Postischaemic reperfusion injury is often attributed to the generation of oxygenated free radicals which may subsequently promote lipid peroxidation in cell membranes. Electron paramagnetic resonance spectroscopy in association with the spin trap molecule alpha-phenyl-N-tert-butyl-nitrone allowed direct confirmation of lipid free radical production after renal ischaemia-reperfusion in an in vivo rabbit model. A 60-min period of ischaemia followed by reperfusion caused free radical production twofold greater than after 15 min of ischaemia. Glutathione and alpha-tocopherol have been measured in renal tissue, as indirect markers of lipid peroxidation. After 15 min of ischaemia followed by 10 min of reperfusion, the mean(s.e.m.) glutathione content of the ischaemic kidney was slightly but significantly reduced by 11.9(2.5)% (P < 0.003). The content of alpha-tocopherol was unchanged. However, 10 min of reperfusion following 60 min of ischaemia led to significant decrease in mean(s.e.m.) content of both glutathione (30.4(3.7)%) (2.23(0.2) versus 3.14(0.18) mumol/g wet tissue, P < 0.001) and alpha-tocopherol (46.1(7.8)%) (0.57(0.10) versus 1.09(0.14) micrograms/g wet tissue, P < 0.001) when compared to the control kidney. Under these experimental conditions, desferrioxamine (15 mg/kg administered intravenously before inducing ischaemia), a drug known to limit free radical production, significantly limited the decrease of alpha-tocopherol to 20.8(6.4)% (0.83(0.08) versus 1.05(0.04) micrograms/g wet tissue, P < 0.05), but did not prevent glutathione consumption in the reperfused kidney. [less ▲]

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See detailIn vivo imaging of murid herpesvirus-4 infection.
Milho, Ricardo; Smith, Christopher M; Marques, Sofia et al

in Journal of General Virology (The) (2009), 90(Pt 1), 21-32

Luciferase-based imaging allows a global view of microbial pathogenesis. We applied this technique to gammaherpesvirus infection by inserting a luciferase expression cassette into the genome of murine ... [more ▼]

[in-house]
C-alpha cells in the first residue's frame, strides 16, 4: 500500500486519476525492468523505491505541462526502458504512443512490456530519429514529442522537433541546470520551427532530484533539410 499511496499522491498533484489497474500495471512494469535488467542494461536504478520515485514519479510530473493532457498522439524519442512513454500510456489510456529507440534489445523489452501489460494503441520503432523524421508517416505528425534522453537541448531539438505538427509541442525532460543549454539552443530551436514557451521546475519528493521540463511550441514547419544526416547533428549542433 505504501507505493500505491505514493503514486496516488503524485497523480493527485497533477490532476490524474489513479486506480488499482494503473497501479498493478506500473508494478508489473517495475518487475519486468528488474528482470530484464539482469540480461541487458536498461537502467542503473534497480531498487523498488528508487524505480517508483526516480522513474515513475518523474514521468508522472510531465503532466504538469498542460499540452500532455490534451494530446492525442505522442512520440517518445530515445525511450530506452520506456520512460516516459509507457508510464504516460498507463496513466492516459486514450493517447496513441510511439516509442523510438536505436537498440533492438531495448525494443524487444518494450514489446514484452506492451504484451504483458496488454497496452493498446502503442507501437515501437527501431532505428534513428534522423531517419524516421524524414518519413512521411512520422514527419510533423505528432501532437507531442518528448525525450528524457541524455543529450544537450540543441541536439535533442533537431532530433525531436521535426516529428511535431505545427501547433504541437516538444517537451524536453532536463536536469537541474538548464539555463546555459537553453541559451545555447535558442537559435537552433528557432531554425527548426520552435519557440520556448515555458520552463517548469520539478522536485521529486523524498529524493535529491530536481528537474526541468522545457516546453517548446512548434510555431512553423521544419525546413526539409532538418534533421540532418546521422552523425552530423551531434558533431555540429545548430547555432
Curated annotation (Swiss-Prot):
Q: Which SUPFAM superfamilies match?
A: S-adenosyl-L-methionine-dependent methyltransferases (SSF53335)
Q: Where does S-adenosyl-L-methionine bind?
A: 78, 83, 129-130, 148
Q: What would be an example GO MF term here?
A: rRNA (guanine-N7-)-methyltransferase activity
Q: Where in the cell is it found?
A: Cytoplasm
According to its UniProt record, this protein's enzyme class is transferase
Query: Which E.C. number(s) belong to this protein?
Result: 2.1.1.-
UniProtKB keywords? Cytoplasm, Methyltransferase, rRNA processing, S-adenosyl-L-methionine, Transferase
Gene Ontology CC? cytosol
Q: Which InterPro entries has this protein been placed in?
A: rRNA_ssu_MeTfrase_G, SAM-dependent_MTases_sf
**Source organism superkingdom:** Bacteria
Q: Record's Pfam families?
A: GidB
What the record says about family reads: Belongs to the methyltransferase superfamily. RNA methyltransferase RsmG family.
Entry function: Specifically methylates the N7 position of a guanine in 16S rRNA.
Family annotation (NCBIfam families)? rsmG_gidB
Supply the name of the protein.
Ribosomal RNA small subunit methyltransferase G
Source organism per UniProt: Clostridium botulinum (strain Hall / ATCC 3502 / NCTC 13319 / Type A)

Luciferase-based imaging allows a global view of microbial pathogenesis. We applied this technique to gammaherpesvirus infection by inserting a luciferase expression cassette into the genome of murine herpesvirus-4 (MuHV-4). The recombinant virus strongly expressed luciferase in lytically infected cells without significant attenuation. We used it to compare different routes of virus inoculation. After intranasal infection of anaesthetized mice, luciferase was expressed in the nose and lungs for 7-10 days and in lymphoid tissue, most consistently the superficial cervical lymph nodes, for up to 30 days. Gastrointestinal infection was not observed. Intraperitoneal infection was very different to intranasal, with strong luciferase expression in the liver, kidneys, intestines, reproductive tract and spleen, but none in the nose or lungs. The nose has not previously been identified as a site of MuHV-4 infection. After intranasal infection of non-anaesthetized mice, it was the only site of non-lymphoid luciferase expression. Nevertheless, lymphoid colonization and persistence were still established, even at low inoculation doses. In contrast, virus delivered orally was very poorly infectious. Inoculation route therefore had a major impact on pathogenesis. Low dose intranasal infection without anaesthesia seems most likely to mimic natural transmission, and may therefore be particularly informative about normal viral gene functions. [less ▲]

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See detailIn Vivo Immunology: Regulatory Processes during Lymphopoiesis and Immunopoiesis
Heinen, Ernst ULg; Defresne, Marie-Paule ULg; Boniver, Jacques ULg et al

Book published by Plenum Press (1994)

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See detailIn vivo importance of heparan sulfate-binding glycoproteins for murid herpesvirus-4 infection.
Gillet, Laurent ULg; May, Janet S; Stevenson, Philip G

in Journal of General Virology (The) (2009), 90(Pt 3), 602-13

Many herpesviruses bind to heparan sulfate (HS). Murid herpesvirus-4 (MuHV-4) does so via its envelope glycoproteins gp70 and gH/gL. MuHV-4 gp150 further regulates an HS-independent interaction to make ... [more ▼]